Asking “What does slow mean?,” then, is really the wrong question. Instead, we need to ask “What does the user feel when they’re interacting with the things we build?”

Putting The User In The Center Of Performance Link

Luckily for us, there’s long-standing academic HCI research on this topic, and you may have seen it before in Jakob Nielsen’s work on response time limits11. Based on those thresholds, and adding an extra one for animations (because it’s 2015 and we all love a bit of showbiz), we get the following:

  • 100 milliseconds
    Respond to a user action within this time window and they will feel like the result is immediate. Any longer and that connection between action and reaction breaks.
  • 1 second
    Within this window, things feel part of a natural and continuous progression of tasks. Beyond it, the user will lose focus on the task they were performing. For most users on the web, loading a page or changing views represents a task.
  • 16 milliseconds
    Given a screen that is updating 60 times per second, this window represents the time to get a single frame to the screen (Professor Math says 1000 ÷ 60 = ~16). People are exceptionally good at tracking motion, and they dislike it when their expectation of motion isn’t met, either through variable frame rates or periodic halting.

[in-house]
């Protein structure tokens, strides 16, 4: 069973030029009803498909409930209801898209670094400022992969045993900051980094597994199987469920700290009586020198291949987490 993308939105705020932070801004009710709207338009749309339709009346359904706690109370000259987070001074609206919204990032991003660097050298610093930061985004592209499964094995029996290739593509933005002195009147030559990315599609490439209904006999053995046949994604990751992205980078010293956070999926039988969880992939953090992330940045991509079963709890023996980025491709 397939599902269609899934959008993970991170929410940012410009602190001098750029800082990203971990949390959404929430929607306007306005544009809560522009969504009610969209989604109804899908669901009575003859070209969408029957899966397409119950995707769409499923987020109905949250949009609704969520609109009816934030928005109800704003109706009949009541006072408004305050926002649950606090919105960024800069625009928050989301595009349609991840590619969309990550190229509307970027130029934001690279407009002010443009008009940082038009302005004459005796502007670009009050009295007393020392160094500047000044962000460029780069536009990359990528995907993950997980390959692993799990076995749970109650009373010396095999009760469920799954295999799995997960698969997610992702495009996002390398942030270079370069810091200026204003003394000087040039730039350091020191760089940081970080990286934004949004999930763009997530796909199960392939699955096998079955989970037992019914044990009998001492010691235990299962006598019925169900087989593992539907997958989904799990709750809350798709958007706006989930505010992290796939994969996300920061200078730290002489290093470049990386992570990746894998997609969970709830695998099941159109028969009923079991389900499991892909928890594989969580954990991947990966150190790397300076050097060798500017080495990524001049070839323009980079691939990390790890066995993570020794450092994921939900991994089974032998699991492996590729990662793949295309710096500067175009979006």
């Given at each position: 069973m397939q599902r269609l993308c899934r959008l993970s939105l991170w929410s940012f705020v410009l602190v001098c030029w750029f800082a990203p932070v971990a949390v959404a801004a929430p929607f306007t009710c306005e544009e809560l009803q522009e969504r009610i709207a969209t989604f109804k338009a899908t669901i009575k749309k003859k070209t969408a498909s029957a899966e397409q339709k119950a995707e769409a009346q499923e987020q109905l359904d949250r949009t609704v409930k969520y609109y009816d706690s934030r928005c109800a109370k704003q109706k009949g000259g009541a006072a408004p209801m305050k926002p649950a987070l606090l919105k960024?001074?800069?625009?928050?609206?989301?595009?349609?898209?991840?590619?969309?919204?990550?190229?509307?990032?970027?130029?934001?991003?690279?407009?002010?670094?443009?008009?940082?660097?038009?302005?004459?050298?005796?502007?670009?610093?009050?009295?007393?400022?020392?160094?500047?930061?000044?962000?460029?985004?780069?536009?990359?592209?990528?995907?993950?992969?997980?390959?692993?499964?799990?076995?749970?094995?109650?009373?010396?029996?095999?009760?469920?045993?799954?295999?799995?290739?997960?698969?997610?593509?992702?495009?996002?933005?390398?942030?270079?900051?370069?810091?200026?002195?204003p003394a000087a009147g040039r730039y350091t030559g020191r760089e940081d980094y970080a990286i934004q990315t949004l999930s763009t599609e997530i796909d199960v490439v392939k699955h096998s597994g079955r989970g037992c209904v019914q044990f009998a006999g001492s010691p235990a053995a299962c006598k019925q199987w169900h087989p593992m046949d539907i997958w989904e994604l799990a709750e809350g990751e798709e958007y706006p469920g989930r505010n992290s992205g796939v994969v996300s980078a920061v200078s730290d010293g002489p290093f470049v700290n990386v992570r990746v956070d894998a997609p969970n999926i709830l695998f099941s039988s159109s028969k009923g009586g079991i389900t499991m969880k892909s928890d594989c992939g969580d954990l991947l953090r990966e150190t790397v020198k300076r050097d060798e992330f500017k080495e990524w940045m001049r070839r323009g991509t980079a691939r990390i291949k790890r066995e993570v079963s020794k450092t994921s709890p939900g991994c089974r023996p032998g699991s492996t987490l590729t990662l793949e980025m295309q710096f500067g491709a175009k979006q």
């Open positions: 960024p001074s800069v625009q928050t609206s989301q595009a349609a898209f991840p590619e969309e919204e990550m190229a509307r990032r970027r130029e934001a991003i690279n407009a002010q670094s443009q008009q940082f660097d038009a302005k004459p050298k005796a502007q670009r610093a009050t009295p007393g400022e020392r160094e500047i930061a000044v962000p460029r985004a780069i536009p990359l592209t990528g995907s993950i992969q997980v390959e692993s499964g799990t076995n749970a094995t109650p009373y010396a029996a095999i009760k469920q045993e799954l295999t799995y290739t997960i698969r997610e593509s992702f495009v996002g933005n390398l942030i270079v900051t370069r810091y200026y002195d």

These perception thresholds are great because they give us the building blocks we need. What we need to do next is map them to reality. Let’s consider a typical interaction that our users have:

In that brief session were a number of distinct interactions:

  • waiting for the page to load,
  • watching an animation,
  • scrolling the page,
  • tapping an icon,
  • watching the navigation animate open,
  • waiting for the page to load,
  • watching an animation,
  • scrolling the page.

Labeling those actions from the video would give us something like this:

A breakdown of the user's journey into RAIL segments12
(View large version13)

Each of those color blocks represents a type of action, and you can see that there are four of them. And there are four letters in RAIL. Curious.

Here’s another user journey that we can break down and label, this time from Voice Memos14:

We can break down user interactions and categorize them into four distinct areas. At Google, we call these areas RAIL, and each comes with its own performance goals, which are based on the human perception thresholds we just saw.

Pauls Irish and Lewis15

The RAIL Performance Model

RAIL stands for response, animation, idle and load.

These four distinct areas are a way to reason about the actions in your websites and apps. If you optimize based on each area’s performance goals (which we got from those perception thresholds), then your users will be very happy.

RAIL Performance Model16

Let’s look at each one in detail.

1. Response Link

If a user clicks on a button, you have to respond to their click before they notice any lag. This applies to any input, really, whether it’s toggling a form control or starting an animation. If it doesn’t happen in a reasonable window of time, then the connection between action and reaction breaks and the user will notice.